Since expanding in 2010 to include both public and juried awards, ArtPrize has sought to use its unique parallel awards structure – splitting the $500,000 purse evenly between public vote and juried awards – to spark lasting dialogue about public and art world perceptions of art. The participation of the jurors also presents the opportunity for leading curators, critics and institutional representatives to engage the public in their distinct and diverse viewpoints, pointing out new frameworks for interpreting and viewing art and encouraging a conversation around what makes art impactful and significant. Previous years’ jurors have included Theaster Gates, Jerry Saltz, Susan Sollins, Mel Chin and Anne Pasternak, among others.

The first weekend of the competition, September 26–27th, jurors will assess the entries within their respective categories, each selecting a shortlist of five entries. The 20 total finalists will then move on to the Grand Prize jurors’ selection.

On Monday, September 28th, the Category Jurors will reveal each of their 20 category finalists during the ‘Jurors’ Short List’ event, broadcast live on NBC’s Grand Rapids affiliate, WOOD TV8. Category and Grand Prize winners will be officially announced at the ArtPrize Awards on October 9, 2015 at 9 p.m. EST.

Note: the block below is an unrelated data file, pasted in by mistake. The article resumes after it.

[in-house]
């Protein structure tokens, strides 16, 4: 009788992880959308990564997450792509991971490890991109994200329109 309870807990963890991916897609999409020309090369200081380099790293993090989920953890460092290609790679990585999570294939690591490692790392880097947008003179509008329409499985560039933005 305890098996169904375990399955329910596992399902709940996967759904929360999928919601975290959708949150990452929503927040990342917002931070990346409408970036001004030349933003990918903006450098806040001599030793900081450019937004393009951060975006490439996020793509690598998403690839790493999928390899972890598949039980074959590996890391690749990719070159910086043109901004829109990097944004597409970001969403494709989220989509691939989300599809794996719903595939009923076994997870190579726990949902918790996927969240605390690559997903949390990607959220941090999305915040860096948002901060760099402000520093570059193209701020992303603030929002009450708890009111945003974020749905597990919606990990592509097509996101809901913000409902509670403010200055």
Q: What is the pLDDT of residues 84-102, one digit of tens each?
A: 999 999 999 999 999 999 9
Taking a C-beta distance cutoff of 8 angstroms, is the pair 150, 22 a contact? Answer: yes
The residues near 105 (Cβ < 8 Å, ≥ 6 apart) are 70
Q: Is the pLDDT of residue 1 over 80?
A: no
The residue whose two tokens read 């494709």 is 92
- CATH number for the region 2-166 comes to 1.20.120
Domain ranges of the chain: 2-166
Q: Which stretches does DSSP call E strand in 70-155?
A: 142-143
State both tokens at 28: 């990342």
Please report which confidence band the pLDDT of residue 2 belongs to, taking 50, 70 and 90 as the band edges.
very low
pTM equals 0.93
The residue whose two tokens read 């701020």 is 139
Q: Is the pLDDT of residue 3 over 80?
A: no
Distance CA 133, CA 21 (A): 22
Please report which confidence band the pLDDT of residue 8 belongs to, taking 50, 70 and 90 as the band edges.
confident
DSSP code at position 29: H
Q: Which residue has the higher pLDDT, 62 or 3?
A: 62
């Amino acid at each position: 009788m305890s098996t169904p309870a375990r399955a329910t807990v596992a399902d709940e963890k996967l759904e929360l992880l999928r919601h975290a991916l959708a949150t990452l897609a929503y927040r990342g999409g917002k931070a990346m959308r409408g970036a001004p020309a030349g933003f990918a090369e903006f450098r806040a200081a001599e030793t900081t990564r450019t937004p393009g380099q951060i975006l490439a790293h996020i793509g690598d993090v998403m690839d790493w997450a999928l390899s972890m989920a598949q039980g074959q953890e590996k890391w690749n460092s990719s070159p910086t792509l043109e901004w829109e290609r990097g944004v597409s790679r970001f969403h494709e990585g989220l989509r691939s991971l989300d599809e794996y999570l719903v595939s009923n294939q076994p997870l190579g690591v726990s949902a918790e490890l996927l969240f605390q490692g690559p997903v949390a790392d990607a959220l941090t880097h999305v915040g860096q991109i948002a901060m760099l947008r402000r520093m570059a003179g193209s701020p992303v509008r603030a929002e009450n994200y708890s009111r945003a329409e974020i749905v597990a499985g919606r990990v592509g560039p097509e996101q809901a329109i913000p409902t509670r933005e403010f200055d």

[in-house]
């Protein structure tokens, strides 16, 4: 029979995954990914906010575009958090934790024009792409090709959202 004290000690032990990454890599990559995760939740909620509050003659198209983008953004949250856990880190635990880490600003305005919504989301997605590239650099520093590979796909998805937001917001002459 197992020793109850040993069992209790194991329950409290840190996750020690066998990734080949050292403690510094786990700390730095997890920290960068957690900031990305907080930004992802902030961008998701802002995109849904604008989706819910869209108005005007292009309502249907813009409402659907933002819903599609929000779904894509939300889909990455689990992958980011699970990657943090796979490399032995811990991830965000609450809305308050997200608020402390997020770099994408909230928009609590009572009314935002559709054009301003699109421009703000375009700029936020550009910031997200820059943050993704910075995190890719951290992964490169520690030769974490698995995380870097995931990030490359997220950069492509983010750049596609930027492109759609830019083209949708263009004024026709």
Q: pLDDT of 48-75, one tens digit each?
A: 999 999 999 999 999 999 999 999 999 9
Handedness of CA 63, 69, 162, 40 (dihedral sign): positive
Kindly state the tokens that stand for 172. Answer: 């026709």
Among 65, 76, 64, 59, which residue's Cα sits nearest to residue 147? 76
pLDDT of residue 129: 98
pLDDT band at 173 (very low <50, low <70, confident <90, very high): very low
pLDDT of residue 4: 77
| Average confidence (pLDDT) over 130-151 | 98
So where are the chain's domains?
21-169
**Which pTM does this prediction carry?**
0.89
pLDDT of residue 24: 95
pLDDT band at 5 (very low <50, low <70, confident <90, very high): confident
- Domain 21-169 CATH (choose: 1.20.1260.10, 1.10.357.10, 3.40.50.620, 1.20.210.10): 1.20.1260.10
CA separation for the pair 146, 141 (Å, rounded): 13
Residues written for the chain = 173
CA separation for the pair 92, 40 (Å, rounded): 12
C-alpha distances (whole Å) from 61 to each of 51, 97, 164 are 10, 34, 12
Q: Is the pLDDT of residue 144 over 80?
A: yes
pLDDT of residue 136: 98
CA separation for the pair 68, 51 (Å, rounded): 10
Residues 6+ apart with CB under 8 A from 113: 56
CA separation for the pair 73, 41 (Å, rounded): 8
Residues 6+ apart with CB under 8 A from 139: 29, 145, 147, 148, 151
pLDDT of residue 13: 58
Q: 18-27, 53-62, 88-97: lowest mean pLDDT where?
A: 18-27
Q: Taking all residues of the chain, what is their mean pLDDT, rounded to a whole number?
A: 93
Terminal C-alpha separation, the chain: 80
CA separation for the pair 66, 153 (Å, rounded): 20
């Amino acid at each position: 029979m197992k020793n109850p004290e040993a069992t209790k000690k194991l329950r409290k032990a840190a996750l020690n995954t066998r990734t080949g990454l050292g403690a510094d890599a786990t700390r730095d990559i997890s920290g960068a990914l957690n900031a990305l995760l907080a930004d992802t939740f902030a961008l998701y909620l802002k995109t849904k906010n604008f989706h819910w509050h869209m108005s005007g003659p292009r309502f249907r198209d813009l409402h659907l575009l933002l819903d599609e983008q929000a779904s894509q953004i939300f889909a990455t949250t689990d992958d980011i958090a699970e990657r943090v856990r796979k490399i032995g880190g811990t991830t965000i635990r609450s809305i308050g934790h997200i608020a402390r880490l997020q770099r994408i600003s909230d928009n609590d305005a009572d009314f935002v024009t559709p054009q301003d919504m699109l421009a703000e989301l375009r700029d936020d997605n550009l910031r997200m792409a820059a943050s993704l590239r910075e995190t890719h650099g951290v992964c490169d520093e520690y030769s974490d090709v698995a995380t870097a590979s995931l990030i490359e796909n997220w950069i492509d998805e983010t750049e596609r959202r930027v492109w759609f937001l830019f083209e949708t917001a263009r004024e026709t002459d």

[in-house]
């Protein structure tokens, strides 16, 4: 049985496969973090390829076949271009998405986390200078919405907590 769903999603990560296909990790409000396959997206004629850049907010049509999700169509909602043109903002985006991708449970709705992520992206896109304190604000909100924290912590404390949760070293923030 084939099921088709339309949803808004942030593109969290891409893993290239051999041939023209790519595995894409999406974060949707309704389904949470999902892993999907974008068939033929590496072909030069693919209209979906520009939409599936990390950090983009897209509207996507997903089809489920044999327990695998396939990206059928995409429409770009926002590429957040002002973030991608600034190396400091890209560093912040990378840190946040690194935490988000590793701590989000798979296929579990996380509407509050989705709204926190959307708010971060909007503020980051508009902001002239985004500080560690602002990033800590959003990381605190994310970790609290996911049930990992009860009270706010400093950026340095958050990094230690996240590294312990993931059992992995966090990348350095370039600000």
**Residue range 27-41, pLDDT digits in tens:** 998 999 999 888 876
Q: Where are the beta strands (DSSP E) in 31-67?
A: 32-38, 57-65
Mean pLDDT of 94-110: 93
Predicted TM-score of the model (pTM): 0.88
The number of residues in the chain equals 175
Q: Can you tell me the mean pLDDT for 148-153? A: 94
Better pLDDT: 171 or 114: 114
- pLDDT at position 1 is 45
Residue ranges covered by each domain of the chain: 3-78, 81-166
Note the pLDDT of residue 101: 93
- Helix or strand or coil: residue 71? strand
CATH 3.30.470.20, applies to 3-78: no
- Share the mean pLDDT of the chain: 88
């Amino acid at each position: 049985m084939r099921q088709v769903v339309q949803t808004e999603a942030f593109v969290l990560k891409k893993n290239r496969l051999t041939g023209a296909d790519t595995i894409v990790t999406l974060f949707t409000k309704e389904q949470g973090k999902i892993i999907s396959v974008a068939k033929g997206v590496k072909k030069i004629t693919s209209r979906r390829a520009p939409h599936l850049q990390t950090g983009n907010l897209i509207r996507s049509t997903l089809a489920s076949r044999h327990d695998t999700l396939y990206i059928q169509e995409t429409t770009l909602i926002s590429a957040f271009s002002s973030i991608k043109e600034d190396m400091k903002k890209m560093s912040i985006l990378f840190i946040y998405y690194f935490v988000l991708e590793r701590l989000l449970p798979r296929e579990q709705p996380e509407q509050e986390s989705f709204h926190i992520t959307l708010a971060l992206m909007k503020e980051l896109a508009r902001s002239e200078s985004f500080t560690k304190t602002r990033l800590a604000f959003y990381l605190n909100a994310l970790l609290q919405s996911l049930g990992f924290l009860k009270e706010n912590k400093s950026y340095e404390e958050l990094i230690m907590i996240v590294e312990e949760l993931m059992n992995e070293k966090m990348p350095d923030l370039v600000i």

Artist Seed Grants, supported by the Frey Foundation, are available for a second year at ArtPrize to offset the cost of especially ambitious and challenging entries for ArtPrize Seven. Awarded on the basis of financial need and artistic merit, and determined by the ArtPrize Arts Advisory Council, 25 grants of $2,000 each will be announced shortly after the May 20 deadline. Apply for your grant after registering online.

Artist registration for ArtPrize Seven is currently open. Visit to complete your Artist Registration before midnight, June 4th.
ArtPrize is an international art competition, open to any artist and decided by public and juried vote. It invites artists to try out new ideas on a large and diverse population of people. It seeks to broaden the critical dialogue around contemporary art by awarding the world’s largest art prize. Two, $200,000 awards are decided by public vote and expert jury, and an additional $100,000 in prizes is awarded to the top entries in each category. Registered artists and venues connect online at and agree to present the artwork for public display during the 19-day event. The public voters use mobile devices and the web to distribute their awards, while a group of international art experts determines the winners of the juried awards. ArtPrize 2014 included 1,536 entries representing 51 countries and 42 U.S. states and territories. ArtPrize 2014 attracted more than 400,000 active participants. Since its inception, individuals of all backgrounds have cast more than 2.4 million votes for public art.